November 11, 2009

Time and Motion notes

The most basic differences between having a flat image and having an animation is that animation allows a time-dependent exploration on changes in scale, transparency, color, and layering. Backgrounds and images can each move or remain fixed, allowing for different changes and interactions in the environment in the different layers over a given period of time.

The production of an animation begins with a storyboard, where the most important parts of the animation are laid out. This includes notes on the camera angles, soundtrack, movement, and transitions. Style frames are another essential element to the production or the animation, and contains information on the typography, colors, patterns, illustrations, and photographs to be used, along with the aesthetic tone and other formal elements.

Animation works due to the term "persistence of vision," which describes how the brain retains an image longer than it is actually shown, so when many images are shown in rapid succession, it appears to be moving. When making an animation, "key-frames" are the important frames that define the sequence, often located at the beginning and end. All of the in-between frames are called "tweens." Tweens can be automated by the computer programs, but doing tweens by hand allow for cleaner edges, better quality of motion, more accurate details, and greater control of the subtle elements.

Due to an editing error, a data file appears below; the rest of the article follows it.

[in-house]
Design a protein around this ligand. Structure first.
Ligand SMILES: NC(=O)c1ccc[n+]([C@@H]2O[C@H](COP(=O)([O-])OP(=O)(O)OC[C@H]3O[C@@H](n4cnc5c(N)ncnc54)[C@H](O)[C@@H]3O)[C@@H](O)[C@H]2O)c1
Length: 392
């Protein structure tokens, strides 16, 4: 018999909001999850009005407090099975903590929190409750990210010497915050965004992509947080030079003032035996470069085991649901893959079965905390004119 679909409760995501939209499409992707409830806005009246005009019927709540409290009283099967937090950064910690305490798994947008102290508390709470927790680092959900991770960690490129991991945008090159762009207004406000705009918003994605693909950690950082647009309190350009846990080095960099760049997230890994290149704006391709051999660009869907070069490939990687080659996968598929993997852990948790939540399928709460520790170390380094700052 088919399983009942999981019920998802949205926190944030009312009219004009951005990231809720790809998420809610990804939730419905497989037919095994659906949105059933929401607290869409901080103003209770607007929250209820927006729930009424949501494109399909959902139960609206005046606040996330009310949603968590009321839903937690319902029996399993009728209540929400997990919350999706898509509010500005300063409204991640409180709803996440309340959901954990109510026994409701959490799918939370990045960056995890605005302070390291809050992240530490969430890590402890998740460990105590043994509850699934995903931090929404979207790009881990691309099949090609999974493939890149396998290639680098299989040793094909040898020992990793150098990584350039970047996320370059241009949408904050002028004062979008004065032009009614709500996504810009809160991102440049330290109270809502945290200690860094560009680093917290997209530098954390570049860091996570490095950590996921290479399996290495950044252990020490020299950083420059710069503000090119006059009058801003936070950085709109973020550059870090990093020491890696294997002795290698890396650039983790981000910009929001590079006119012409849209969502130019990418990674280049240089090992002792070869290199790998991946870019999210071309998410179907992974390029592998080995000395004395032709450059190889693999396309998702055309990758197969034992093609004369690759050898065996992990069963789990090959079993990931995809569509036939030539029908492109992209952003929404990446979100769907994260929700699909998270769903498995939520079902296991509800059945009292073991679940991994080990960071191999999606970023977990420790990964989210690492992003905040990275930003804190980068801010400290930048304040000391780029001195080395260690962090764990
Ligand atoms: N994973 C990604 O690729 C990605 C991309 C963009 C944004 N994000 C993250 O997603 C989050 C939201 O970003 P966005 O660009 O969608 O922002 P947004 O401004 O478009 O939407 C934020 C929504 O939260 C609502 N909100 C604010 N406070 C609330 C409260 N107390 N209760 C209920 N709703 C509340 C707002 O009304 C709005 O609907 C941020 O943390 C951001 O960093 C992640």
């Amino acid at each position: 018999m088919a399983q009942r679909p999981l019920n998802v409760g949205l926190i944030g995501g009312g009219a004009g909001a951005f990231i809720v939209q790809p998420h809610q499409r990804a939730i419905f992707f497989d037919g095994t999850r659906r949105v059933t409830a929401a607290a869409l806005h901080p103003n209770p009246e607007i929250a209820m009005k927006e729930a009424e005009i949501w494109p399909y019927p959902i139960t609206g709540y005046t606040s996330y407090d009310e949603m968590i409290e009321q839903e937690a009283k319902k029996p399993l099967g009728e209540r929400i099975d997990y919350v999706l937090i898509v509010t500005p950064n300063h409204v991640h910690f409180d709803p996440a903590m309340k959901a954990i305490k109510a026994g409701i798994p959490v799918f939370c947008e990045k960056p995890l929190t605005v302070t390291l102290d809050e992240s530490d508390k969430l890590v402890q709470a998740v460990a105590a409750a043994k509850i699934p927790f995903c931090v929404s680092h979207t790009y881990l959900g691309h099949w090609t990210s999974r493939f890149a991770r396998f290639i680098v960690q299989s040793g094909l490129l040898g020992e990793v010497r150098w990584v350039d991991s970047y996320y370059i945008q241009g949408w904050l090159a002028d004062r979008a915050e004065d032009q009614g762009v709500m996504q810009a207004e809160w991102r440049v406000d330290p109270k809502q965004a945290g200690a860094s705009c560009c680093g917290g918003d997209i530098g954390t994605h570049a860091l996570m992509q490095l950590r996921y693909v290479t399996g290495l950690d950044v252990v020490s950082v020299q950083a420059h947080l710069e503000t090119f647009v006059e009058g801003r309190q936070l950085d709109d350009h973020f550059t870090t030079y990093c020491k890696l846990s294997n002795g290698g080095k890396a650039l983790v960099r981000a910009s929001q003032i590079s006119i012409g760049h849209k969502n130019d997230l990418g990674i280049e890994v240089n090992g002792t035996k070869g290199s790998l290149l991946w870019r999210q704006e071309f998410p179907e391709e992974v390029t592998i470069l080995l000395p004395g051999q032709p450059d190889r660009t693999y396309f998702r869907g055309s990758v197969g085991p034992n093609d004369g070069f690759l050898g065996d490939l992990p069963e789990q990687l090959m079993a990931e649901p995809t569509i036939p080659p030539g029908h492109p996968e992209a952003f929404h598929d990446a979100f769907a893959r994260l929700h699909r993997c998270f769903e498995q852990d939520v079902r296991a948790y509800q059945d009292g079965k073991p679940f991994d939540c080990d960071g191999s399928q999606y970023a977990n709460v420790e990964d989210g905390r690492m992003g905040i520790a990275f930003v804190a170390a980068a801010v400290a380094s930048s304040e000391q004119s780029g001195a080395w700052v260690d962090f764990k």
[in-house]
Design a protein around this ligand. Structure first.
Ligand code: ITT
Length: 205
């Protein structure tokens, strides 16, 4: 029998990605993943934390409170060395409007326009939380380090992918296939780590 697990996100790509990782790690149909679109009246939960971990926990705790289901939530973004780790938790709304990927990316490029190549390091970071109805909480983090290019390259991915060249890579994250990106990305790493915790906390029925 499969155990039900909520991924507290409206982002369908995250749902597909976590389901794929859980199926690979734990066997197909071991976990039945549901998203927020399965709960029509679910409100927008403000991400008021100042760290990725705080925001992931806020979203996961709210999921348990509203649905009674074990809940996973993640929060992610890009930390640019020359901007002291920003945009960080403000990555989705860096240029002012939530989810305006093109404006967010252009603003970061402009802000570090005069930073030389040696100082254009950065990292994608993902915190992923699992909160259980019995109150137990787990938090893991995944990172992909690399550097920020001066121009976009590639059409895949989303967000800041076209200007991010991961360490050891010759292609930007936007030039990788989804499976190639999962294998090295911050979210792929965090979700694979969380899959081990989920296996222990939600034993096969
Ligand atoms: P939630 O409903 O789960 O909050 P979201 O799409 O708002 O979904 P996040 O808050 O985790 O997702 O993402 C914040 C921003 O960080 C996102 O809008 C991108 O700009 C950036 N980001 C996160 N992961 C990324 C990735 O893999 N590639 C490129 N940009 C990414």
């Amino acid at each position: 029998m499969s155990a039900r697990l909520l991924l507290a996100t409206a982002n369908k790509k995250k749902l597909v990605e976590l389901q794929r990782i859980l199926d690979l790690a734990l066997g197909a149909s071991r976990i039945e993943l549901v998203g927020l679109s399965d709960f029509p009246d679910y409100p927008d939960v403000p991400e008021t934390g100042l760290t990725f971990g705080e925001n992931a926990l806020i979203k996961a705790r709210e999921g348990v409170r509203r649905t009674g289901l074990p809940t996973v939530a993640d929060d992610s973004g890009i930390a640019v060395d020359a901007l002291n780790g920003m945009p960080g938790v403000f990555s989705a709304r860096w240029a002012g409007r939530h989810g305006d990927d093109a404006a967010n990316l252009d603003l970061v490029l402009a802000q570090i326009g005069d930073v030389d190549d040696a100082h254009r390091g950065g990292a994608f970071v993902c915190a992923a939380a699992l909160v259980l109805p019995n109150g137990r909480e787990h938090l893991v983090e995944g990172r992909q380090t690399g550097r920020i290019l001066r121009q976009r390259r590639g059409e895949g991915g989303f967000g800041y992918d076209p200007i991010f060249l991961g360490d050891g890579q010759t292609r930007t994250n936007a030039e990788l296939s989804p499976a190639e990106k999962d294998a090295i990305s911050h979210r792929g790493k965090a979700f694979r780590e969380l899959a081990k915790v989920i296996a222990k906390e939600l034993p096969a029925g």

Change in position, rotation, scale, shape, color, depth, and transparency over time are all elements of an animation that can be altered, and it's often some combination of those that make a successful sequence. It's important to note that when animating text, it is especially important that these elements to not remove the legibility or change the reading order of the text.

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